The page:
The BBC recently announced the relocation of the BAFTA-nominated Don’t Tell the Bride from BBC Three to BBC One.
As a fan of the show I’m glad that Don’t Tell the Bride is going to be the only surviving factual entertainment programme following BBC Three’s move online. At the same time I was troubled to learn that the BBC One brides will be older than their BBC Three counterparts.
Whilst I’ve always wanted the age range of the couples on the show to be more inclusive the BBC’s assertion that the show will be for ‘brides of all ages’ is misleading as they’ve increased the ages of the couples appearing on the new format. Indeed, all of the brides appearing on the new show will be aged between thirty and fifty-five essentially excluding any couples in their twenties who wish to get married.
Although I do understand the BBC’s need to make the new BBC One show more mature I don’t really get why they don’t think that seeing twentysomethings getting hitched won’t appeal to their broader audience. The whole reason behind the original concept was that youngsters had a harder time getting the funds together to get married and therefore giving the grooms £12,000 to plan the big day made sense.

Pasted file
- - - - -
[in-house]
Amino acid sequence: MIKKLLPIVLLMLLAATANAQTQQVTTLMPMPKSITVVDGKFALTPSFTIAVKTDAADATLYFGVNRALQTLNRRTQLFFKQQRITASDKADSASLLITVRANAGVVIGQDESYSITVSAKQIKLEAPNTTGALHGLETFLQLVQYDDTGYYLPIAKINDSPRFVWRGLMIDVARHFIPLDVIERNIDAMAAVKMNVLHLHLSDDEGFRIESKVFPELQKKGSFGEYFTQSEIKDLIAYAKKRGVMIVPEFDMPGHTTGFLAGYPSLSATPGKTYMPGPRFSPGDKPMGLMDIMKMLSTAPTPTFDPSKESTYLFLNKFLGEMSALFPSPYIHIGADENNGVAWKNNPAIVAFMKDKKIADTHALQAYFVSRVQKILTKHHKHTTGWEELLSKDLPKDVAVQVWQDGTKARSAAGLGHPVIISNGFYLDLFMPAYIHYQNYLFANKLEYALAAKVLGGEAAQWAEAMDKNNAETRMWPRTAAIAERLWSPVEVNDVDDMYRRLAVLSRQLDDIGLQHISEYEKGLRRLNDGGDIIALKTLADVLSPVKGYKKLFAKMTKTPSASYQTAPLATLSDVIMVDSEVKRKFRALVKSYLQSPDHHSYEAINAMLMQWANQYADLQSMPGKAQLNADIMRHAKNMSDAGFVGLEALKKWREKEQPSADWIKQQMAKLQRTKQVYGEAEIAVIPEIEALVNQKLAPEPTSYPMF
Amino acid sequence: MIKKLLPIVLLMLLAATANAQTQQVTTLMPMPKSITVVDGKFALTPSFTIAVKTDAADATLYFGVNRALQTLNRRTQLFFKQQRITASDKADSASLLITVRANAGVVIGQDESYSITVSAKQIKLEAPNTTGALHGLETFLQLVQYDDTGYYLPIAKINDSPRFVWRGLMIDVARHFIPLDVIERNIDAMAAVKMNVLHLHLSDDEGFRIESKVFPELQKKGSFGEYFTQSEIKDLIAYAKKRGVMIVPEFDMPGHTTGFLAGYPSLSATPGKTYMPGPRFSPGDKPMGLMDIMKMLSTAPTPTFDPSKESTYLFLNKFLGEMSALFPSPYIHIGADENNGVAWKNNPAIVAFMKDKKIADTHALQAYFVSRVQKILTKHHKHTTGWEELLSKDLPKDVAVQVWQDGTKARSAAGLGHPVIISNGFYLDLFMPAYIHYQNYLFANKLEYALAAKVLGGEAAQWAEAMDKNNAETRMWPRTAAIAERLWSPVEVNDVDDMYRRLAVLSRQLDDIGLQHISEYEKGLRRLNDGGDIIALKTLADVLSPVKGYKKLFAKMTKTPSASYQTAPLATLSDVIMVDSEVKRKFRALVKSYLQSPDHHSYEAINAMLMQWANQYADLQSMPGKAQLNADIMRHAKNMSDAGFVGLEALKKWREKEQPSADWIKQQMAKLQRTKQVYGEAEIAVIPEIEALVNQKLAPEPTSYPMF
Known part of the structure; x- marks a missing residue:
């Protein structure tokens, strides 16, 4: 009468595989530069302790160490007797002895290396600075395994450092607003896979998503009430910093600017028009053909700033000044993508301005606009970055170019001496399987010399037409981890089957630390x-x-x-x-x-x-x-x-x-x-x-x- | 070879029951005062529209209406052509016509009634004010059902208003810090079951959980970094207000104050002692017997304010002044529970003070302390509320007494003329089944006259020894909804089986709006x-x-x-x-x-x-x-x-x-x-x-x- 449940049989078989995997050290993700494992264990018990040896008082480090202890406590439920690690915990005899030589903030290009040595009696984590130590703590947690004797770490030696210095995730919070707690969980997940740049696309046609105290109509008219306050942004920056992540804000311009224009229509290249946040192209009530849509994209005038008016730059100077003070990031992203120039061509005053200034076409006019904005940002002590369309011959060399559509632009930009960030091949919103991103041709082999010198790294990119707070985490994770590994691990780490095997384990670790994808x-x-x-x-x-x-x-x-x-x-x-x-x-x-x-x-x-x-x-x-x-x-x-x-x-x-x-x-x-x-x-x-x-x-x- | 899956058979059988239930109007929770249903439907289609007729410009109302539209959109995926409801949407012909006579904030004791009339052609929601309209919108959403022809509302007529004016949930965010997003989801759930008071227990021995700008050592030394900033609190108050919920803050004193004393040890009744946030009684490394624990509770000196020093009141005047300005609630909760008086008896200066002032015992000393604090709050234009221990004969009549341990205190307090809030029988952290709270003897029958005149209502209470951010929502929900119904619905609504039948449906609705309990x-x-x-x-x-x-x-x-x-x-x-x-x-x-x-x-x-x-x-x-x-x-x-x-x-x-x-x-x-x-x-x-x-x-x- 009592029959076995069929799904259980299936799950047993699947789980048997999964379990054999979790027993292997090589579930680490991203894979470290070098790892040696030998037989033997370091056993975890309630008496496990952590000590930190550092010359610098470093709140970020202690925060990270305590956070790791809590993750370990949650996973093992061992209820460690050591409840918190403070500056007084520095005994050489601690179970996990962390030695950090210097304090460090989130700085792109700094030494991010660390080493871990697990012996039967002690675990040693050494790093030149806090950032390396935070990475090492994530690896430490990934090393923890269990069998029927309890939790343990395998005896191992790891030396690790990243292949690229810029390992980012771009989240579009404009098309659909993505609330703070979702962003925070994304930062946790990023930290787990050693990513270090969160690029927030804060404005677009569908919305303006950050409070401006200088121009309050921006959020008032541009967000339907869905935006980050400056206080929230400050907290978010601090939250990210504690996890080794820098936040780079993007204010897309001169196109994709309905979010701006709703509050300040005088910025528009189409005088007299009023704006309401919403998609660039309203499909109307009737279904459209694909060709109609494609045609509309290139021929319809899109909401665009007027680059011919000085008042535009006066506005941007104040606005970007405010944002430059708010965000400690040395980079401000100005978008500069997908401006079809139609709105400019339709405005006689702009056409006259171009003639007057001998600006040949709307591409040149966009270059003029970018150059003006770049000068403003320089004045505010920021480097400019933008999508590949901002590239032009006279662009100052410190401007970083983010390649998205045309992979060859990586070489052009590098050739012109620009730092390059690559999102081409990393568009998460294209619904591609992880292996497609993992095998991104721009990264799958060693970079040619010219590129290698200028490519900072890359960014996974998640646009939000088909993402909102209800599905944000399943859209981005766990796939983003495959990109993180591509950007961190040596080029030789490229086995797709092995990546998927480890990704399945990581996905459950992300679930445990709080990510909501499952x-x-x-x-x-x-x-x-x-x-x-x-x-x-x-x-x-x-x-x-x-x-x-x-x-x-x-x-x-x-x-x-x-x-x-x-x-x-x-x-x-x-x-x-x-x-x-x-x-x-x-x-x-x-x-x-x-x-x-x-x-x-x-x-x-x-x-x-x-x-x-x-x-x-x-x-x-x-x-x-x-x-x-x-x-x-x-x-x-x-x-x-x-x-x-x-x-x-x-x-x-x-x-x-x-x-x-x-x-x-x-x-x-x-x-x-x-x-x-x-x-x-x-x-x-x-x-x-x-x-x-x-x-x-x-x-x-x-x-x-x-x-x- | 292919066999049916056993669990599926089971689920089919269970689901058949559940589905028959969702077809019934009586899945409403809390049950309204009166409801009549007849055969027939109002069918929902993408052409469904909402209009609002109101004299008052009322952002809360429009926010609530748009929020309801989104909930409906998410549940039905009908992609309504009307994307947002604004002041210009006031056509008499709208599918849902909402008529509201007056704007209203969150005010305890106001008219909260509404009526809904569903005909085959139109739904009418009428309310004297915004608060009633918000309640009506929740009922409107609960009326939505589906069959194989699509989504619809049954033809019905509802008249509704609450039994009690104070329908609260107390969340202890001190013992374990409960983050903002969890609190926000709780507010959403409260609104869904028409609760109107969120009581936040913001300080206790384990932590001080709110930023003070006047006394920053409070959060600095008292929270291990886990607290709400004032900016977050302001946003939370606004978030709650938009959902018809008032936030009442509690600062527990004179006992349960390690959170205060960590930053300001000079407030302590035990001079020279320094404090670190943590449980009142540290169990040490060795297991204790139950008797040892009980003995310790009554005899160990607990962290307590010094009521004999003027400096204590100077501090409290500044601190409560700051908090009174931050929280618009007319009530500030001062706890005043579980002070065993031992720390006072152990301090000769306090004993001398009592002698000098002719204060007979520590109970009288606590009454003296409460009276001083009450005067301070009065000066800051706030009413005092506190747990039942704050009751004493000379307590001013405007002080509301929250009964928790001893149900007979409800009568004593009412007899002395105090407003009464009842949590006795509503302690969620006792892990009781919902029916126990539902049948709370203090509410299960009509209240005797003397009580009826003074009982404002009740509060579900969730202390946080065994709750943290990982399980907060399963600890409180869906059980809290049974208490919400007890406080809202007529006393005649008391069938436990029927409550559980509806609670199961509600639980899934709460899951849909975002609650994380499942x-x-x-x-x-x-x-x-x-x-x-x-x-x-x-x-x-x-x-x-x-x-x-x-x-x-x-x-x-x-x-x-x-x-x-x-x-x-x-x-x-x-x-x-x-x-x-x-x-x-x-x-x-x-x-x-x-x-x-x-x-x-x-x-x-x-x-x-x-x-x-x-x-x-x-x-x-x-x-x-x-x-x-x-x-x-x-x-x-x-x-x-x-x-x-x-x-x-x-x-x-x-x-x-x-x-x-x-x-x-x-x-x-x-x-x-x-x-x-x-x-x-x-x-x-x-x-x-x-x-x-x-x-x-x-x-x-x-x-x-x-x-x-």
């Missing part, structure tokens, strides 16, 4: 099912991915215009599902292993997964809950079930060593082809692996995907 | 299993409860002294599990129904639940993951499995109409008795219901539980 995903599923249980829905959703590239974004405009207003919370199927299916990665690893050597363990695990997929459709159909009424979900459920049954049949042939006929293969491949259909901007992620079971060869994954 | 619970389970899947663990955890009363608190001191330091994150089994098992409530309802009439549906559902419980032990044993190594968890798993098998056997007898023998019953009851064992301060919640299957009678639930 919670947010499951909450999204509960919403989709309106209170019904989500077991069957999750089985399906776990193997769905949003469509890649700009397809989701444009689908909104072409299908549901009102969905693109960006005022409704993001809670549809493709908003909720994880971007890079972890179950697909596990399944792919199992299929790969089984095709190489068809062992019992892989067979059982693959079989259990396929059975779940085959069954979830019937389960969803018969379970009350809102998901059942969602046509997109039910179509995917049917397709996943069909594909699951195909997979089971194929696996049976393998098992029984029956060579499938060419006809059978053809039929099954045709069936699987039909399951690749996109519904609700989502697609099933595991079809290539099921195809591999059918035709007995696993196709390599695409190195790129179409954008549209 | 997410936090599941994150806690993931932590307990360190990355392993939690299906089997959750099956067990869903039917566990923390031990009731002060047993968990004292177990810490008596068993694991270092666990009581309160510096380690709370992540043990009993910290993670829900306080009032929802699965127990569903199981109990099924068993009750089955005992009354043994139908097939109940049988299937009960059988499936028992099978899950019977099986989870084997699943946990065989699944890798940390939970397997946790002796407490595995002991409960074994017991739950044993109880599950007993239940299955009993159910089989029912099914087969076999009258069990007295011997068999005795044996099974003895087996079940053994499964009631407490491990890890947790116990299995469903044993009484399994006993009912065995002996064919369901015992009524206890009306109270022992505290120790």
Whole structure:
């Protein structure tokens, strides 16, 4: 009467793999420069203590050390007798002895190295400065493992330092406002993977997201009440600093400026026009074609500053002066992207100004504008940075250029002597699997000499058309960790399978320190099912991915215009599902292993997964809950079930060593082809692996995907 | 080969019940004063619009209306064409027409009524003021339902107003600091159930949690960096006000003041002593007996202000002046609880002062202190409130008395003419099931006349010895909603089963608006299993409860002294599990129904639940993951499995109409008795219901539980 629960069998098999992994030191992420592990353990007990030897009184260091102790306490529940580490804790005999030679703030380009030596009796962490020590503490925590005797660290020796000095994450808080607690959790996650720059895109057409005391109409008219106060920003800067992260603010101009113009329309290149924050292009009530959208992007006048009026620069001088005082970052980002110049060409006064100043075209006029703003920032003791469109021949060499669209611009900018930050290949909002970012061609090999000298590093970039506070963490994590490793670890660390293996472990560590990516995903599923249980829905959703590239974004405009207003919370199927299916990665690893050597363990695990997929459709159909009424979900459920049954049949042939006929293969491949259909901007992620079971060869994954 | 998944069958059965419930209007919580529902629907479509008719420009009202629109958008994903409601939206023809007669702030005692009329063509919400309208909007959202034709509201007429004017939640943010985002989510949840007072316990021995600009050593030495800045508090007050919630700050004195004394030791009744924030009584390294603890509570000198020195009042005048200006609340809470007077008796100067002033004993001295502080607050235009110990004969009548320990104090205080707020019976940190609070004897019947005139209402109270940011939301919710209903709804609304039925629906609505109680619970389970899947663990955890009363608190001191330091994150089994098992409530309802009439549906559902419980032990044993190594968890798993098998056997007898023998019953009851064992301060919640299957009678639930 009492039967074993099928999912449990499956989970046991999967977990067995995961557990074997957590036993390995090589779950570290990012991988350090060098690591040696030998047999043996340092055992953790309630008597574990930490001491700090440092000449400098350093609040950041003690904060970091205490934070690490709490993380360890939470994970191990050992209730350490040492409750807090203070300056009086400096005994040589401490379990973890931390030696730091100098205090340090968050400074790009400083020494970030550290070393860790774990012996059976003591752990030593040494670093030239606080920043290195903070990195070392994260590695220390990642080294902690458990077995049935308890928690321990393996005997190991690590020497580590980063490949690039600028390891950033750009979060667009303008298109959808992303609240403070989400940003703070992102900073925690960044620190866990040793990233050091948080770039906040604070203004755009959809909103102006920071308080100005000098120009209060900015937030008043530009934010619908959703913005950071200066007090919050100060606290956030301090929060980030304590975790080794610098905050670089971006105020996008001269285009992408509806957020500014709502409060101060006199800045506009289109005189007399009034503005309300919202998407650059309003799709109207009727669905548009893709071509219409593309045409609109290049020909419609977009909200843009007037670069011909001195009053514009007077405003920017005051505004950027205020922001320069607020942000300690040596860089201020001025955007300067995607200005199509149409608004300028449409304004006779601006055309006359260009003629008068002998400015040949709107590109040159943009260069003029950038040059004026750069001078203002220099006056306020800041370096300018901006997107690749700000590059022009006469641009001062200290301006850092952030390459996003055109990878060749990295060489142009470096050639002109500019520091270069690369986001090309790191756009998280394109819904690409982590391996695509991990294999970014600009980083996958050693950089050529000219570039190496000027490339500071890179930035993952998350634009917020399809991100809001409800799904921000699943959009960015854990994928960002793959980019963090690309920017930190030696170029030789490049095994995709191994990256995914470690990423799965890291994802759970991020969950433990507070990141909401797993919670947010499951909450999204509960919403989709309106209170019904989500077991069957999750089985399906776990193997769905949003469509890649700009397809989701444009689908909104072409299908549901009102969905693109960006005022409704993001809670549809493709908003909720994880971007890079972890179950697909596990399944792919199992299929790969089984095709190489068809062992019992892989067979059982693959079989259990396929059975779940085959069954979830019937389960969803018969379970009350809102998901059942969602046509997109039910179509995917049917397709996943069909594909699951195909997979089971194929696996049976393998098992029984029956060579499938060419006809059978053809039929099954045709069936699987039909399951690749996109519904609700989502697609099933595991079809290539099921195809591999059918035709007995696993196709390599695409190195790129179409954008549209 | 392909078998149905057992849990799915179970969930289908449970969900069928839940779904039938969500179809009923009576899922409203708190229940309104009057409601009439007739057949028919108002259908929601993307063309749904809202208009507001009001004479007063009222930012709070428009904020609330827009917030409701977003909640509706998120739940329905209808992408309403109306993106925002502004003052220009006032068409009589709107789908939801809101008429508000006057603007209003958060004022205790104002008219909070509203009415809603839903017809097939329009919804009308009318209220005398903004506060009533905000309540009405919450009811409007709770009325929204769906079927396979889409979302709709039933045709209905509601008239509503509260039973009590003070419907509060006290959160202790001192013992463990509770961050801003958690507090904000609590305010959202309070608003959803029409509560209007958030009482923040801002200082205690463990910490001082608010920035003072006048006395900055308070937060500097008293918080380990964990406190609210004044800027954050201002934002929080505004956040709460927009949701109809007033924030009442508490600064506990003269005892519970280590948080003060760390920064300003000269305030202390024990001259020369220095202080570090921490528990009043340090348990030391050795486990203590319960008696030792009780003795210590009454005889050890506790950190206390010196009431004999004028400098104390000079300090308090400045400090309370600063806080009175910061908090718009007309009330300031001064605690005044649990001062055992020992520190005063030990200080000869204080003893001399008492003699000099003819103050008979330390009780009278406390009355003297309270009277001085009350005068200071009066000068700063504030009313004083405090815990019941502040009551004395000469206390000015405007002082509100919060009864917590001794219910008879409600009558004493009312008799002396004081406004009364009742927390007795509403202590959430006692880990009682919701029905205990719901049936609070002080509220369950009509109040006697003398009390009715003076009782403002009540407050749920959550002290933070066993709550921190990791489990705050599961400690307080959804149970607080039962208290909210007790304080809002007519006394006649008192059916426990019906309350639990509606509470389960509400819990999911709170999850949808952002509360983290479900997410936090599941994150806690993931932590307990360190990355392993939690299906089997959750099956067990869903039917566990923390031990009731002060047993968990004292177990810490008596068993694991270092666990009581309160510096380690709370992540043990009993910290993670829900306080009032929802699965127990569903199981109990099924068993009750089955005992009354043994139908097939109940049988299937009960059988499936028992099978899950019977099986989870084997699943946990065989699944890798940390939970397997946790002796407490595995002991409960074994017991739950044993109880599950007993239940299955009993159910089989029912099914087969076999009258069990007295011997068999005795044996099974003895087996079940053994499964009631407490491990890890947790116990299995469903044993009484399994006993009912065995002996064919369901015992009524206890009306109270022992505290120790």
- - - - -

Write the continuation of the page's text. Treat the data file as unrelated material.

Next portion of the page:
By capping the age range of the brides; BBC One is essentially saying that their audiences are only interested in seeing people of a similar age getting married. I personally feel that this is a mistake as every member of my household enjoys the current BBC Three format and I don’t think it really matters if the bride in question is eighteen or seventy-eight.
The idea that only people aged thirty and above will appeal to a ‘broader audience’ is indicative of a bigger problem at the BBC; namely that they feel that those under thirty just aren’t watching TV any more. I do feel that the BBC are alienating their younger audience whether it be moving BBC Three online or cancelling programmes aimed at their demographic all together. BBC One decision to shunt the last episodes of school soap Waterloo Road onto BBC Three is just another example of the mistreatment of the BBC’s younger audience.
I do feel that the assertion that the under thirties don’t watch shows on the TV any more is the wrong one and one that I feel that a lot of younger viewers are insulted by. At Edinburgh, Charlotte Moore voiced her desire to lower the average age of a BBC One viewer down from its current position of fifty-nine. However, by believing that a broader audience won’t be interested in watching weddings involving twentysomethings I feel she’s going about it the wrong way.
How do you feel about the new format of Don’t Tell the Bride? Do you think BBC One have got it wrong?
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